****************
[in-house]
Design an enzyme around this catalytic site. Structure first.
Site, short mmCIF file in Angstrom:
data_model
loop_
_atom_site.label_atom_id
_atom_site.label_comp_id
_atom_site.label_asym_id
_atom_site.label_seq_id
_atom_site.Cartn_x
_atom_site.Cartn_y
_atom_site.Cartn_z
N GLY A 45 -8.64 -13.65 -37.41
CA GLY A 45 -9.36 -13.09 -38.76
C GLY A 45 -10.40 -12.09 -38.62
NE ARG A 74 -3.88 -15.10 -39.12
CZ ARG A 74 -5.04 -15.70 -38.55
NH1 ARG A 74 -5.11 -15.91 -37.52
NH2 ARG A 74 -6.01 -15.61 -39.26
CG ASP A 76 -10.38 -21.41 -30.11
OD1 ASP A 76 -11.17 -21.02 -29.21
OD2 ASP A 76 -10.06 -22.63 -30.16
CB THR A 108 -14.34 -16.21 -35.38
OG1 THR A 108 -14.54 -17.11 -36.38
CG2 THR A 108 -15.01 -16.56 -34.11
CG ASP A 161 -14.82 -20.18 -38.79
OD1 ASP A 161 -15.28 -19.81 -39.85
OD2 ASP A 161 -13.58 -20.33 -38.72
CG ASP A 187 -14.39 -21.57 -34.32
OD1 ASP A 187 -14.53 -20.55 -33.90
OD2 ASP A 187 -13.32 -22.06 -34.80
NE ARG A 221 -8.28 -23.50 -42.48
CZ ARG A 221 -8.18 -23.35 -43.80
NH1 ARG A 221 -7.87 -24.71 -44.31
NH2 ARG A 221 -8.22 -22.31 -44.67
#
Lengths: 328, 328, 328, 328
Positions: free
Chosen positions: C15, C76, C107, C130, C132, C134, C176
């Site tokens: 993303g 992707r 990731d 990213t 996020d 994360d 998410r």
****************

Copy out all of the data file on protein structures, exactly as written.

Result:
[in-house]
Design an enzyme around this catalytic site. Structure first.
Site, short mmCIF file in Angstrom:
data_model
loop_
_atom_site.label_atom_id
_atom_site.label_comp_id
_atom_site.label_asym_id
_atom_site.label_seq_id
_atom_site.Cartn_x
_atom_site.Cartn_y
_atom_site.Cartn_z
N GLY A 45 -8.64 -13.65 -37.41
CA GLY A 45 -9.36 -13.09 -38.76
C GLY A 45 -10.40 -12.09 -38.62
NE ARG A 74 -3.88 -15.10 -39.12
CZ ARG A 74 -5.04 -15.70 -38.55
NH1 ARG A 74 -5.11 -15.91 -37.52
NH2 ARG A 74 -6.01 -15.61 -39.26
CG ASP A 76 -10.38 -21.41 -30.11
OD1 ASP A 76 -11.17 -21.02 -29.21
OD2 ASP A 76 -10.06 -22.63 -30.16
CB THR A 108 -14.34 -16.21 -35.38
OG1 THR A 108 -14.54 -17.11 -36.38
CG2 THR A 108 -15.01 -16.56 -34.11
CG ASP A 161 -14.82 -20.18 -38.79
OD1 ASP A 161 -15.28 -19.81 -39.85
OD2 ASP A 161 -13.58 -20.33 -38.72
CG ASP A 187 -14.39 -21.57 -34.32
OD1 ASP A 187 -14.53 -20.55 -33.90
OD2 ASP A 187 -13.32 -22.06 -34.80
NE ARG A 221 -8.28 -23.50 -42.48
CZ ARG A 221 -8.18 -23.35 -43.80
NH1 ARG A 221 -7.87 -24.71 -44.31
NH2 ARG A 221 -8.22 -22.31 -44.67
#
Lengths: 328, 328, 328, 328
Positions: free
Chosen positions: C15, C76, C107, C130, C132, C134, C176
């Site tokens: 993303g 992707r 990731d 990213t 996020d 994360d 998410r």